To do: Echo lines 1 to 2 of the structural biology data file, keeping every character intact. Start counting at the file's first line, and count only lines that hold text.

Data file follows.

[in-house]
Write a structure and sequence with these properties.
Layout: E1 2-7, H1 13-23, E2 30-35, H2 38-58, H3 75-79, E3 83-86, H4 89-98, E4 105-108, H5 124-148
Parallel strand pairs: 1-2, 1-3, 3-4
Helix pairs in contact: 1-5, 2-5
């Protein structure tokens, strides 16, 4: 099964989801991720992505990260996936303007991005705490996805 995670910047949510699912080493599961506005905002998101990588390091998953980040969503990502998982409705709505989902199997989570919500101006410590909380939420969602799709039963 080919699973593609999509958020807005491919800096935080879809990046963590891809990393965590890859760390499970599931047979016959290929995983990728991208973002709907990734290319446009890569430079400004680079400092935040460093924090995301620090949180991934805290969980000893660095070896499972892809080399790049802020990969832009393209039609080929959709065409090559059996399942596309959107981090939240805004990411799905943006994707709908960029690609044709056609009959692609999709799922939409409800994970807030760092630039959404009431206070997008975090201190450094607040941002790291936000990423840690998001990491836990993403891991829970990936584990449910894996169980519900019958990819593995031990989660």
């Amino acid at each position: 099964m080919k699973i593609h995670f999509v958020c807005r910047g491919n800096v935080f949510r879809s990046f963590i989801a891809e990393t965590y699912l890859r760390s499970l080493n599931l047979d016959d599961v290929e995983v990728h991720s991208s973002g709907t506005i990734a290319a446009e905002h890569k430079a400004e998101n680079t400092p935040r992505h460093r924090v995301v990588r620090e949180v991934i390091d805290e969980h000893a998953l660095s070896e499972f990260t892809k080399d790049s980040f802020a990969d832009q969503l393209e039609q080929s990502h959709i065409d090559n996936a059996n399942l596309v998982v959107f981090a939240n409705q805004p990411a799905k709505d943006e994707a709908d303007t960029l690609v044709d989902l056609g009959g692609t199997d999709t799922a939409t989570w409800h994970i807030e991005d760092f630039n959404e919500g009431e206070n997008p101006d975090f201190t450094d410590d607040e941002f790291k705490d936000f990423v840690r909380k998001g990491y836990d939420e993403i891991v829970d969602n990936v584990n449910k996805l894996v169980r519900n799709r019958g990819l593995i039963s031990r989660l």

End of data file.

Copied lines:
[in-house]
Write a structure and sequence with these properties.